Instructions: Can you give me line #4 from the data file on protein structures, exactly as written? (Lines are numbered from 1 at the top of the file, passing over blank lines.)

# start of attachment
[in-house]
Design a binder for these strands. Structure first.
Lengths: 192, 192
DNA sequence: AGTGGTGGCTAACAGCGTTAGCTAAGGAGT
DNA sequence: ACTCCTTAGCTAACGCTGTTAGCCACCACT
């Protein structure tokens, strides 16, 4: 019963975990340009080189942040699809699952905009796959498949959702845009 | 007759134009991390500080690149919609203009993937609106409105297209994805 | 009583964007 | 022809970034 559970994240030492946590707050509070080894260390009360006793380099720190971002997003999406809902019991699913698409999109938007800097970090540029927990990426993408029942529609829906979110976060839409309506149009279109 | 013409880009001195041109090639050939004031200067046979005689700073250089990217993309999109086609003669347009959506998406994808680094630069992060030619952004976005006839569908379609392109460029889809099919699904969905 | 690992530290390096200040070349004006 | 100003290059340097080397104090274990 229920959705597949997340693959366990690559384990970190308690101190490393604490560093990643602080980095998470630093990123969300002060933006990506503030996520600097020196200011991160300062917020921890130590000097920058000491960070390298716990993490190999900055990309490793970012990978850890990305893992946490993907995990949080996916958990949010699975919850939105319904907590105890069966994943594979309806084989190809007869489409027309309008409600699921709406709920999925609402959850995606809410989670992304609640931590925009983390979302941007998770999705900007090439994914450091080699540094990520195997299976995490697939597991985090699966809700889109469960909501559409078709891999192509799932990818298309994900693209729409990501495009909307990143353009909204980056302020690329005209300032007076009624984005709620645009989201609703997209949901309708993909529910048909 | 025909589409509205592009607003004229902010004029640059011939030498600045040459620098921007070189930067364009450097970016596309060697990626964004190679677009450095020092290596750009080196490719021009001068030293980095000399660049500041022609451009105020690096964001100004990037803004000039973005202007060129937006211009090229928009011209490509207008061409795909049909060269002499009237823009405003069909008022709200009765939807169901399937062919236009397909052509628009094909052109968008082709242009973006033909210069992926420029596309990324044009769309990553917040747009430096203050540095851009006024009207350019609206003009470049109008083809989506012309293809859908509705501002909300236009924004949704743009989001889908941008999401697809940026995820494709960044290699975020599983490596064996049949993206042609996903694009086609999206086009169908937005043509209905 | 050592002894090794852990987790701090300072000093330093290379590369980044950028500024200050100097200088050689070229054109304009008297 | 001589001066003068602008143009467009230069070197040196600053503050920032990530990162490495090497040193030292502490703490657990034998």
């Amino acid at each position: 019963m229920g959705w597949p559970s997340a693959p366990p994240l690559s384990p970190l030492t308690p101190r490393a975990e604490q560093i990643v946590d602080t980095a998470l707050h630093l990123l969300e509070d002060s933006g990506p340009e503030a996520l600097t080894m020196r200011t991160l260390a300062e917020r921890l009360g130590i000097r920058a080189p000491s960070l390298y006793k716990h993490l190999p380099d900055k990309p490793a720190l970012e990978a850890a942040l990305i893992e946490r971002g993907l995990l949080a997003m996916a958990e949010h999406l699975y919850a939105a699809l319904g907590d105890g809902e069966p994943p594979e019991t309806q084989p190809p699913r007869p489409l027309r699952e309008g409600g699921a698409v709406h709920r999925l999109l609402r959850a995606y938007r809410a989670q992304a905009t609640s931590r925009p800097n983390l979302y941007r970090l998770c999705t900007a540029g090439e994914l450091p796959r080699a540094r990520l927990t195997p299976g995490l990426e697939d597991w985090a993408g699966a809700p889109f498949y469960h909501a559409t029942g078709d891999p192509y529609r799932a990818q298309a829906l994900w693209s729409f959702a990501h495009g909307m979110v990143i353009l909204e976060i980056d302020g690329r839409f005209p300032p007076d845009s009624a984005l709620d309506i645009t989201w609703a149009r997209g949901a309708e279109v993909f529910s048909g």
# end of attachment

DNA sequence: AGTGGTGGCTAACAGCGTTAGCTAAGGAGT